As the Jackal explains via megaphone, there’s a bomb set to go off that can only be deactivated by the real Spider-Man. Oh, and Ned Leeds is attached to it. As the two Spider-Men fight it out, the Jackal and a hypnotized Gwen watch, which slowly brings Gwen out of her trance, and turns her against the Jackal, ripping off his mask and calling him a murderer. With this denunciation from the girl he’d loved so intensely that he brought her back to life, the Jackal’s dementia snaps, and his original persona takes control again, releasing Ned Leeds from the bomb just before it goes off, while taking the brunt of the blast himself, killing him instantly.
In the wreckage of the blast, Spider-Man and Gwen find Ned , who’s still alive, and the dead body of the Spider-man clone. Or is it?
But first things first. Peter and Gwen go to the cemetery and leave flowers at the original Gwen’s grave, while Gwen informs Peter that she’s can’t pretend to be the same person that he was in love with, and she’s leaving for good. Peter, meanwhile, returns home to discover Mary Jane in his apartment, and the two reaffirm their feelings for one another.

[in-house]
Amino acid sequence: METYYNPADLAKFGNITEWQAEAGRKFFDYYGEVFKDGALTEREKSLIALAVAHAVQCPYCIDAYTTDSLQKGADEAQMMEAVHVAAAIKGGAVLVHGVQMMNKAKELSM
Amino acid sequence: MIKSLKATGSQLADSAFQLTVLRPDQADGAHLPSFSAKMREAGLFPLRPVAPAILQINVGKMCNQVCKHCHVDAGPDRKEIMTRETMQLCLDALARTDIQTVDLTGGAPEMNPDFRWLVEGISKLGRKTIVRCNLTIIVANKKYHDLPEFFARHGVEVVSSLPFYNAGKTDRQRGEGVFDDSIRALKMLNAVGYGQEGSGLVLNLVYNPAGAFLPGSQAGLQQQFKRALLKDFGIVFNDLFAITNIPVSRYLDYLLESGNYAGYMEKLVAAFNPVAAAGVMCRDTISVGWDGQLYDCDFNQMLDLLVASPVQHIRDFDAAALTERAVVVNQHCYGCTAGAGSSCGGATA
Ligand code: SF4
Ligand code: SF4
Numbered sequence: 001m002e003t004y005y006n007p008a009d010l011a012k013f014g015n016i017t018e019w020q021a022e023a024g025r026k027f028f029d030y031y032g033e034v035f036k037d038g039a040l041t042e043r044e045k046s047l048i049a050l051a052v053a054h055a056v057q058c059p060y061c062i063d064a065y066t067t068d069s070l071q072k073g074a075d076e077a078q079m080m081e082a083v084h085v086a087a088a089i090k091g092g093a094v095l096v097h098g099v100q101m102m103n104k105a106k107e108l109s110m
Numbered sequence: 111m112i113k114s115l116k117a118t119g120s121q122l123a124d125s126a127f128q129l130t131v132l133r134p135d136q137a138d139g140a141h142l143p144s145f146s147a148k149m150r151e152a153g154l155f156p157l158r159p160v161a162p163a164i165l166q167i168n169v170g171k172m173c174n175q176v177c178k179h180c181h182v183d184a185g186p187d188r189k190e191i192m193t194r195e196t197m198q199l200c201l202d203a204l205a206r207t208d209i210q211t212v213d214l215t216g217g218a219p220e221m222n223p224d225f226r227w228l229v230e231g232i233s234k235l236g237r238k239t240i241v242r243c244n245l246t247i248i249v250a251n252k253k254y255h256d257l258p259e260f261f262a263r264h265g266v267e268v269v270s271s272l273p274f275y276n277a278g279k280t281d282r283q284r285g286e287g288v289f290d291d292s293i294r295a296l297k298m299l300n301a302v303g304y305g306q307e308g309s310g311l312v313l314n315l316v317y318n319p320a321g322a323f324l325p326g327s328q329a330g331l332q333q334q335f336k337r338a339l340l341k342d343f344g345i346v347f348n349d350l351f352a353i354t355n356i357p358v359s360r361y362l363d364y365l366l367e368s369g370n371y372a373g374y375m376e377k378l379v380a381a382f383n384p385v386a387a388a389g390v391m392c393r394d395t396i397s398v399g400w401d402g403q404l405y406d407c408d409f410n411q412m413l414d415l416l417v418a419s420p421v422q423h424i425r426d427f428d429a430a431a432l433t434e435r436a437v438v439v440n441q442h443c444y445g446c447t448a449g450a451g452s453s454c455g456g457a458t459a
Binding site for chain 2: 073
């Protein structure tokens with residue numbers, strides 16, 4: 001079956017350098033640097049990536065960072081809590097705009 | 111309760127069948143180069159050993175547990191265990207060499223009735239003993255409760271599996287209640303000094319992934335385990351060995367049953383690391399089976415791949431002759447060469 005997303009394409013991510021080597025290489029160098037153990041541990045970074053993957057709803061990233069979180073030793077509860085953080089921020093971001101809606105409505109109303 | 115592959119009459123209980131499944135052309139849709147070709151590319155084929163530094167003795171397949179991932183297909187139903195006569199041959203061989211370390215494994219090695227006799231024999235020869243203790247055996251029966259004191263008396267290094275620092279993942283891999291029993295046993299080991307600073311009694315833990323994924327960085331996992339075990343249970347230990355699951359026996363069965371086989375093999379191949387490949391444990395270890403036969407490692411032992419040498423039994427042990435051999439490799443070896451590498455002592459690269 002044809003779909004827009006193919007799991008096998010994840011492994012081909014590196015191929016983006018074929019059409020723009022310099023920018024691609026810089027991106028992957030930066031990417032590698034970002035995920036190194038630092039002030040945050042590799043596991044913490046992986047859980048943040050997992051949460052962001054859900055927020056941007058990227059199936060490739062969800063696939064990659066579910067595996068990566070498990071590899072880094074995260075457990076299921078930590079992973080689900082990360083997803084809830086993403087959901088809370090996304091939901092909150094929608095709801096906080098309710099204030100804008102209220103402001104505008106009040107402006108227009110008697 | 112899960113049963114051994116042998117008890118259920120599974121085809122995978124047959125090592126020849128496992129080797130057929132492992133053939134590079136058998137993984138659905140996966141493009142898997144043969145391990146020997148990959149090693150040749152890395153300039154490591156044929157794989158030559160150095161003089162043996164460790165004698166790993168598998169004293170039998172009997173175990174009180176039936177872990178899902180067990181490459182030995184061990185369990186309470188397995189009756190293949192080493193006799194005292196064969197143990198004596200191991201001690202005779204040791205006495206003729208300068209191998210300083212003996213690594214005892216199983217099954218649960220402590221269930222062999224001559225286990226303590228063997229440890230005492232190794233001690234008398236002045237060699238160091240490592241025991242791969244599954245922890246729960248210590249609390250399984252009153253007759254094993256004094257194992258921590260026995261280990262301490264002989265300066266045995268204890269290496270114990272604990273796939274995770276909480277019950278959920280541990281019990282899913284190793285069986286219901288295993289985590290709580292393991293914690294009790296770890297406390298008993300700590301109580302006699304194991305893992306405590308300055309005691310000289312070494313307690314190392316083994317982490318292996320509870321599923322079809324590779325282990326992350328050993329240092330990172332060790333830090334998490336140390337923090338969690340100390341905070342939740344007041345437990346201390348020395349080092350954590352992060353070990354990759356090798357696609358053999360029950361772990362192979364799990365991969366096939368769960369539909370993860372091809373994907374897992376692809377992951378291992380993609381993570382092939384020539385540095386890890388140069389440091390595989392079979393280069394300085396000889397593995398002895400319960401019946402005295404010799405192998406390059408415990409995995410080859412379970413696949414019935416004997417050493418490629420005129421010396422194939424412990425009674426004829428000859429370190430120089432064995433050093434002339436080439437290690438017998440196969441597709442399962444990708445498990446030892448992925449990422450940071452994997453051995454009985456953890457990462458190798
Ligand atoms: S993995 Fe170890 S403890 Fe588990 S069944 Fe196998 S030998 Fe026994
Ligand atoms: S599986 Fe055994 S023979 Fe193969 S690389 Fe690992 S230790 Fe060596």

In time, though, the uncertainty of the situation preys on Peter’s mind, and later that night he pays a visit to his scientist friend Curt Connors (who occasionally transforms into Spidey-foe the Lizard, but not this time) in the hopes of discovering whether or not he’s the genuine article or merely the clone. Connors subjects Spidey to a battery of tests, and while awaiting the results a restless Spidey finds himself attacked by another longtime Spidey-foe, Professor Smythe, creator of the Spider-Slayer robots. As Spidey is about to collapse in the Spider-Slayer’s crushing grip, his last thought is of Mary Jane, which sparks an epiphany: since his emotional bond to Mary Jane is so strong, he must be the real Spider-Man, since the clone would have the memories of the relationship, but not the learned emotional response.
Emboldened by his revelation, Spidey busts out of the Spider-Slayer’s tentacles and puts Smythe away. As for Spidey’s explanation, this sounds like some pretty strong rationalization to me, as it would logically follow that whatever phonied-up scientific process the Jackal used to transfer memories should carry over into the emotions attached to them as well. Hey, if it lets Spidey sleep at night, whatever. Convinced by his own insular logic, Spidey discards Connors’ lab report without reading it, then heads off to the incinerating plant to dispose of the body of his clone.